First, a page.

She has evolved from that sweet, quiet, little dog in need of love and attention into the queen bee of the household. She found her beagle bay after a few years of silence and now slips easily into it whenever another dog (or person) needs to be given a warning. And, her warnings sometimes aren't the end of it for the offending party. Bennie has been known to relentlessly pursue her target, requiring intervention and removal to stop the attack. At this point, she has completely and totally embodied the "grumpy old lady" moniker, though her face, now white with age, is no less cute than it was in the beginning. She still has those same puppy dog eyes that hold the power to melt the coldest, hardest heart and, of course, those freckles....those freckles!
Those freckles belie the tough spirit of the dog inside that little, less-than-perfect body. Bennie's attitude and tenacity have carried her through some hard times, and she has been at death's door more than once only to turn her tail on it and to walk away from it. She's a survivor, and she's taught me about what it means to face adversity with bravery, faith, and more than a little stubbornness. And now, as she returns to the vet tomorrow for a recheck of her bloodwork, I pray that I will have more time to learn from her, more time to make up for her rough start in life, and more time to admire those freckles.
Tuesday, February 19, 2013
Monday, February 18, 2013
I was that kid who knew exactly what she wanted to be when she grew up. I can't remember ever wanting to be anything else. I knew that I would go to an Ivy League school. (I thought that it would be Harvard until I learned that they didn't have a vet school.) I knew that I would not have children. I didn't plan on marrying anyone, opting instead for a male neighbor who would cut my grass and let me borrow his big, woolen sweaters. I wanted to have horses, dogs, cats, chickens, ducks, goats, and a donkey. I knew exactly what I wanted and how I was going to get it all.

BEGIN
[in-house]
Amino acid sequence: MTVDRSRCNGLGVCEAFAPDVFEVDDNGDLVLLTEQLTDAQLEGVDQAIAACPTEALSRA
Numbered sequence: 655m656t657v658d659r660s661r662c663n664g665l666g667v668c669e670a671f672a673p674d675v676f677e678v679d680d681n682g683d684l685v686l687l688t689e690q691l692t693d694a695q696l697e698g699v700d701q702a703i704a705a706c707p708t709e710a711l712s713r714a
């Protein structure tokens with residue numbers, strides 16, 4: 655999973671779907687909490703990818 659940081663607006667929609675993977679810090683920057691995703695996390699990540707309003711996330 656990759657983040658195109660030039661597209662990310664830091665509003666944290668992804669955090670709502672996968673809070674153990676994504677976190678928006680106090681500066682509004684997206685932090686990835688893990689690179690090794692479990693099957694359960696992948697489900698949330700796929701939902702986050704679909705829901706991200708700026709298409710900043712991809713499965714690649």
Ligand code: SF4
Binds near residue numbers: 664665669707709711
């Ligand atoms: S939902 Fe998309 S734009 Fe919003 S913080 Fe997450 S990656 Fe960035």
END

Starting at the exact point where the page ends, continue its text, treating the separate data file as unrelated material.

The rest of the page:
Until I failed. In my defense, it wasn't through a lack of trying that I failed, but rather through a lack of focus created by trauma and its resulting mental health disturbances. You see, I hadn't factored into my life equation things like rape, self-injury, dissociation, and clinical depression. I didn't plan for my complete and utter unraveling, for the alienation of my friends, for the judgment of my family, for the feelings of despair and hopelessness that would rule my life for so long. I hadn't prepared for the unhealthy relationships, the financial hardships, and the lack of direction or purpose.
I lost years to this detour, but unexpectedly found a new path when I became involved in helping others who had experienced sexual violence. I was trained to answer the phone to speak with survivors and to provide emotional support and information about available services. After some time as a volunteer, I was offered a full-time position with the agency. I started doing public speaking and community outreach on sexual assault. I suddenly felt a sense of excitement about my work, fulfilled by the promise of doing something that might prevent another person from experiencing what I had, and happy for the first time in over ten years.
That was almost 15 years ago, and now I am beginning to question whether I have followed this path as far as it can take me. I am frustrated by so many aspects of the work that never seem to improve--the police response to reports of sexual assault, the low likelihood of arrest or prosecution of the perpetrators, the judgmental reaction of the general public, including the professionals tasked with providing care and services to victims, and the constant justification for the work that I do, from the begging for funding to the meticulous documentation of client demographics and services provided. I feel powerless to truly help victims and particularly powerless to end the cycle of violence faced by women in our culture. I dream of an end to the sadness, pain, and confusion that I feel vicariously through the people that I try to help.
I'm facing a crossroad...one direction leading me deeper into the work that I have been doing with more credentials and new skills and the other direction leading to a fresh start on a brand new path. I don't know how to choose. I don't know which option to follow. I don't know whose advice to heed. But, I feel a sense of obligation to that little girl, the one who knew so strongly and so deeply what she wanted to be when she grew up. She didn't get to fulfill her dreams, and life led her into a new direction. Now, I have the power to make a choice, to let that girl be who and what she wants to be, to take control of the next phase of my life. I may not have become a veterinarian, but there's still time for me to dream and to make my dreams come true....once I decide.